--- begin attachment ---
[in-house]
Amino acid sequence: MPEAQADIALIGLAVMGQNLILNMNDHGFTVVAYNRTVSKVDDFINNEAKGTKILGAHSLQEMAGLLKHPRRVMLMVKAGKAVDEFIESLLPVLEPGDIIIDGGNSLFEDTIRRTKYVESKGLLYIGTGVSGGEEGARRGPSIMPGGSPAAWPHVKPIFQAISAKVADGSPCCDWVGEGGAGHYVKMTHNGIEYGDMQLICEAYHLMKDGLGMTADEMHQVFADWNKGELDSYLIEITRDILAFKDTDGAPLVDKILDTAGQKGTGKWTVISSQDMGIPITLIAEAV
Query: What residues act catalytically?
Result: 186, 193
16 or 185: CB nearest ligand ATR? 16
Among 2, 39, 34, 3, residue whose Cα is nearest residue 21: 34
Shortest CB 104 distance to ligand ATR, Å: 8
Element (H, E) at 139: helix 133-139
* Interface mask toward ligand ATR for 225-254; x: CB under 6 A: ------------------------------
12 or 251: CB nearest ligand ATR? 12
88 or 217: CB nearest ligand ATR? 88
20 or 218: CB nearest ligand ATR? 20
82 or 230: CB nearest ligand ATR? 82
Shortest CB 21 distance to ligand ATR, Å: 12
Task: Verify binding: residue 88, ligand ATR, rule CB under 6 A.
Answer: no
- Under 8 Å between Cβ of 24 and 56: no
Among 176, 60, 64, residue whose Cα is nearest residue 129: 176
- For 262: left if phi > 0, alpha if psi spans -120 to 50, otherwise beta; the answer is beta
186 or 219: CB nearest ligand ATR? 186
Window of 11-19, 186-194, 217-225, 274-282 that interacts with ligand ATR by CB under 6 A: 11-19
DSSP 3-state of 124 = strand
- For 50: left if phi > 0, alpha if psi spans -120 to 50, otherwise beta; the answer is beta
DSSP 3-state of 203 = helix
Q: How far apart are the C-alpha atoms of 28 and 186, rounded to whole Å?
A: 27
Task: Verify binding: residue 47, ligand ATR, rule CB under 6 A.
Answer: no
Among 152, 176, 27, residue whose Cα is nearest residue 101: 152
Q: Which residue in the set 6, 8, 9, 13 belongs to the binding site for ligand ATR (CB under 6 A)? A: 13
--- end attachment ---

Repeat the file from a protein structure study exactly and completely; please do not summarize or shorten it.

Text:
[in-house]
Amino acid sequence: MPEAQADIALIGLAVMGQNLILNMNDHGFTVVAYNRTVSKVDDFINNEAKGTKILGAHSLQEMAGLLKHPRRVMLMVKAGKAVDEFIESLLPVLEPGDIIIDGGNSLFEDTIRRTKYVESKGLLYIGTGVSGGEEGARRGPSIMPGGSPAAWPHVKPIFQAISAKVADGSPCCDWVGEGGAGHYVKMTHNGIEYGDMQLICEAYHLMKDGLGMTADEMHQVFADWNKGELDSYLIEITRDILAFKDTDGAPLVDKILDTAGQKGTGKWTVISSQDMGIPITLIAEAV
Query: What residues act catalytically?
Result: 186, 193
16 or 185: CB nearest ligand ATR? 16
Among 2, 39, 34, 3, residue whose Cα is nearest residue 21: 34
Shortest CB 104 distance to ligand ATR, Å: 8
Element (H, E) at 139: helix 133-139
* Interface mask toward ligand ATR for 225-254; x: CB under 6 A: ------------------------------
12 or 251: CB nearest ligand ATR? 12
88 or 217: CB nearest ligand ATR? 88
20 or 218: CB nearest ligand ATR? 20
82 or 230: CB nearest ligand ATR? 82
Shortest CB 21 distance to ligand ATR, Å: 12
Task: Verify binding: residue 88, ligand ATR, rule CB under 6 A.
Answer: no
- Under 8 Å between Cβ of 24 and 56: no
Among 176, 60, 64, residue whose Cα is nearest residue 129: 176
- For 262: left if phi > 0, alpha if psi spans -120 to 50, otherwise beta; the answer is beta
186 or 219: CB nearest ligand ATR? 186
Window of 11-19, 186-194, 217-225, 274-282 that interacts with ligand ATR by CB under 6 A: 11-19
DSSP 3-state of 124 = strand
- For 50: left if phi > 0, alpha if psi spans -120 to 50, otherwise beta; the answer is beta
DSSP 3-state of 203 = helix
Q: How far apart are the C-alpha atoms of 28 and 186, rounded to whole Å?
A: 27
Task: Verify binding: residue 47, ligand ATR, rule CB under 6 A.
Answer: no
Among 152, 176, 27, residue whose Cα is nearest residue 101: 152
Q: Which residue in the set 6, 8, 9, 13 belongs to the binding site for ligand ATR (CB under 6 A)? A: 13